Naturally, you would think that a pandemic would harm the economy and reduce the amount of money people spend on home improvements. But as Keyrenter Arkansas Management says, that doesn’t seem to be the case. In fact, the opposite appears to be true. People spent more on home improvements after March 2020 than they did at any other time in recent history.
Houzz recently conducted a survey of more than 3,700 people who use its site. It found that around three in five people were thinking about beginning a home renovation or design project during the pandemic.
The main factor driving this seems to be forced saving in other areas. Homeowners, for instance, could no longer spend money on holidays or meals outside the home during the lockdown period. In response to this, they transferred their spending to other areas, including home improvements.
Economists call this type of shift in spending patterns the “substitution effect.” When people can no longer buy the usual products or services that they would consume, they shift their spending patterns and move to the next-best alternative. In this case, that next best thing appears to have been home improvements.
You can also understand why the home improvement market benefited so much from the circumstances of the lockdown. Many people had to stay in their homes for long periods of time. So, naturally, the idea of improving them came up. Furthermore, incomes did not dry up, as many thought they might, even during the most extreme phases of the lockdown. People continued to earn money by working from home or through furlough payments, providing the disposable cash that they needed to continue upgrading their properties.
Home improvements also became intrinsically more valuable during the pandemic. Under normal circumstances, people are out of the home for vast stretches of the day working. But during COVID-19, the opposite was true. Many consumers were inside all day, showing them just how important their home environment was to them. Making home improvements becomes more impactful while residing in a property 24 hours a day compared to spending large portions of the day in a place of work.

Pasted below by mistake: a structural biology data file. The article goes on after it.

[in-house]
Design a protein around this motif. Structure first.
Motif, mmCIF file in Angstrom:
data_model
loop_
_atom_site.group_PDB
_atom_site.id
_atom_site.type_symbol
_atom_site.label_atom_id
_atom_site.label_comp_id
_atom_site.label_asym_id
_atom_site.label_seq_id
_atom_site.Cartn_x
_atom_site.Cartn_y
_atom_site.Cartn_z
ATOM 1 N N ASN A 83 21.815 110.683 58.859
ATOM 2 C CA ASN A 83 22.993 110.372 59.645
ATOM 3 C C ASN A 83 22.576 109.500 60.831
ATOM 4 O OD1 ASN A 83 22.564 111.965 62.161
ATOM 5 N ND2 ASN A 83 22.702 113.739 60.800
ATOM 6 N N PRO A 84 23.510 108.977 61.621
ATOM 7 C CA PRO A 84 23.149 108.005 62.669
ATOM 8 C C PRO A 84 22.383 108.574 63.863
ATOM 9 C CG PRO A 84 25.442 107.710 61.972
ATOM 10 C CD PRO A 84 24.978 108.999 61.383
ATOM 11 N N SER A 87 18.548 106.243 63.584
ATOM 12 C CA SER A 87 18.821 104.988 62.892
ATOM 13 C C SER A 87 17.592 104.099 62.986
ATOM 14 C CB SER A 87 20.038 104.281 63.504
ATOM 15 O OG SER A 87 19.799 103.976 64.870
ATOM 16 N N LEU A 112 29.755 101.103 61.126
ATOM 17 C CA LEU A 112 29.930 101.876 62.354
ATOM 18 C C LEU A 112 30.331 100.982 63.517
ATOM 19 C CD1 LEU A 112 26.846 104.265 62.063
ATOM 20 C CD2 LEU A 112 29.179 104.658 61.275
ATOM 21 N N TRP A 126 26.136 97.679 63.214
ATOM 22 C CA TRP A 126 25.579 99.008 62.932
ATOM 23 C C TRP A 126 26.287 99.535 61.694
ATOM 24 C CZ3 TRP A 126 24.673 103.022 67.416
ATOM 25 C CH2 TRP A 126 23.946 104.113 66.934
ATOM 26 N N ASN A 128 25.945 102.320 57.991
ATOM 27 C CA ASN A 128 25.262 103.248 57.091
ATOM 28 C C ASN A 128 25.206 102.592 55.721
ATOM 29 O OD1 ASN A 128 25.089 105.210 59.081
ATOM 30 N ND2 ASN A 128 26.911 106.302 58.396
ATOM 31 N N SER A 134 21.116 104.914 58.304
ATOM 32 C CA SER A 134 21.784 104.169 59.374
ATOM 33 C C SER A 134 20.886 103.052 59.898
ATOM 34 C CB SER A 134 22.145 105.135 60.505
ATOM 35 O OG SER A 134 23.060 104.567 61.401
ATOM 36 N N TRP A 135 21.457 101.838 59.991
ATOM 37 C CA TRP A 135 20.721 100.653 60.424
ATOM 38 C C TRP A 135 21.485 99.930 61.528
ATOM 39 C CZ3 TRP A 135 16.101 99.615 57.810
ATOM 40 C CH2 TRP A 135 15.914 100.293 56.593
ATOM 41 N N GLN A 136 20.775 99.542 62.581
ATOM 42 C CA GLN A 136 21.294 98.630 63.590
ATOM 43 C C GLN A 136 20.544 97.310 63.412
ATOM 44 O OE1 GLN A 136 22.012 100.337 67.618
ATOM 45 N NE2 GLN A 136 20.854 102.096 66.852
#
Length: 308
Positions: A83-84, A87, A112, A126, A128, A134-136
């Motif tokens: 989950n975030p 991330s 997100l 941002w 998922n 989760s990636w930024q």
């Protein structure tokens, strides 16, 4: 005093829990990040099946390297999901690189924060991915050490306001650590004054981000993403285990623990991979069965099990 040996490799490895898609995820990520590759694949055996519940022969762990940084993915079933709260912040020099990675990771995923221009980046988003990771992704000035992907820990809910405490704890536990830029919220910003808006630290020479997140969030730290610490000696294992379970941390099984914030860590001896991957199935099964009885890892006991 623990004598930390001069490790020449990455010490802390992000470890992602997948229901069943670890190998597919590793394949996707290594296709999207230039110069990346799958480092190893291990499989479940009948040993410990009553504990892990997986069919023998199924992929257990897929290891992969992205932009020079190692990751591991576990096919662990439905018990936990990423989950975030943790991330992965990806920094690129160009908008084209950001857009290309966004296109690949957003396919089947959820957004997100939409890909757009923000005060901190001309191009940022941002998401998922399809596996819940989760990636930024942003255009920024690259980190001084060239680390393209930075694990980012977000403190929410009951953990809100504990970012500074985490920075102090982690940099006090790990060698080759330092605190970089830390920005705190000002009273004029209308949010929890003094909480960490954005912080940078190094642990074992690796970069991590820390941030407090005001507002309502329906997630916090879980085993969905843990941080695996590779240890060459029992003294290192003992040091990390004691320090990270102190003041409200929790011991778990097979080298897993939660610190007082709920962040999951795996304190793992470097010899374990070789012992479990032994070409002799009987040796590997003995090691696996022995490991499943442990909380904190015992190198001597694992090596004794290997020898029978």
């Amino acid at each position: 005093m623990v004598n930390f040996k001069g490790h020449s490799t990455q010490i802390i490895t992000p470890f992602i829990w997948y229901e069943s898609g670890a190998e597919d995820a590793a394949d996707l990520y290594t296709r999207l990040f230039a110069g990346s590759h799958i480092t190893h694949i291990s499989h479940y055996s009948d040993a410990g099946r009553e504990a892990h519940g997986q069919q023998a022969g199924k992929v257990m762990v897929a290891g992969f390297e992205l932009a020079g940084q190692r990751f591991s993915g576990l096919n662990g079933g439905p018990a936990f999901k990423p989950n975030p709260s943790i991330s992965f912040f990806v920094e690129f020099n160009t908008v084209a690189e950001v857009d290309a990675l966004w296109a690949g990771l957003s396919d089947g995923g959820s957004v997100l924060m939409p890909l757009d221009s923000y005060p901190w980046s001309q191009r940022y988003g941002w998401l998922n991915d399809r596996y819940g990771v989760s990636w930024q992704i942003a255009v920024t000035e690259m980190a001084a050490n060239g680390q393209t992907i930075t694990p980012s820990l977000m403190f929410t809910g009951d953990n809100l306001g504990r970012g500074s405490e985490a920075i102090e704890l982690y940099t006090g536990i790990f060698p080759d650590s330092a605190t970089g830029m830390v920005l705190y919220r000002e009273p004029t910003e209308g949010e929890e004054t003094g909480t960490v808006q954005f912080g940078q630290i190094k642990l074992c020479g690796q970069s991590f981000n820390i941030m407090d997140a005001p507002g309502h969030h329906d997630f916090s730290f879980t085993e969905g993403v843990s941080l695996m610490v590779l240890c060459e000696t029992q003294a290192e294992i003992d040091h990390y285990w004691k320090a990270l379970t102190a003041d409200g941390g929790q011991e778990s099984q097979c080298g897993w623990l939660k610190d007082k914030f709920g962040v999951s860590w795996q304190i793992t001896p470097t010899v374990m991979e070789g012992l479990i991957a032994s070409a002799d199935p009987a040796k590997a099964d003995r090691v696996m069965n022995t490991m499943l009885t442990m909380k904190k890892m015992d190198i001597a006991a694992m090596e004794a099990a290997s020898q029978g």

COVID-19, however, is impacting the home improvement market in other ways besides demand.
It Is Revealing Limitations Of Current Accommodation
Because people are spending so much time at home, homeowners are becoming more aware of the limitations of their properties. For instance, many are complaining of insufficient storage space for supplies and groceries. Others now working from home lament the absence of a home office or separate place to work, away from the family. And the lack of access to gymnasiums is also now a leading home frustration. In total, 19 percent of homeowners told Houzz that lack of storage space was a problem, with 17 percent complaining about having no good place to work, and 12 percent saying that a lack of exercise space was an issue.
The home improvement market, therefore, is being skewed in the direction of pandemic-related alterations. Gym and office renovations are becoming more popular as people seek to replace services they would usually get outside of the home.
Visualisation Tools Are Changing How Homeowners Work With Renovation Professionals
The need for social distancing is also changing the way homeowners interact with professionals in the renovation market. Instead of face-to-face consultations, many are now working remotely.
33 percent of professionals, for instance, say that they are using digital invoicing to bill their clients. More than 16 percent say that they use visualisation tools to show homeowners what their finished projects will look like. And 13 percent are using video calls as a way of talking to homeowners instead of traditional consultations.
Despite being new, homeowners appear to be responding to these new digital methods well. More than 60 percent say that they are making them feel more comfortable when buying home improvement-related services.
Professional Hiring In The Home Improvement Industry Remains High
Lastly, as you might expect, hiring in the home improvement industry remains high. As news of the pandemic spread, renovators worried that homeowners would switch to DIY approaches to reduce the likelihood of COVID-19 transmission. But that doesn’t appear to be the case – at least according to data collected by Houzz. Their statistics show that homeowners hired professionals for around three quarters of all projects. And, furthermore, 59 percent of homeowners say that they are planning on using professional help to improve their homes in the near future.
Overall, therefore, COVID-19 appears to have positively impacted the home improvement market. It is driving demand and may have helped it to become more digital.
This article was written by https://www.awilsonroofing.co.uk/ – professional roofers in Surrey.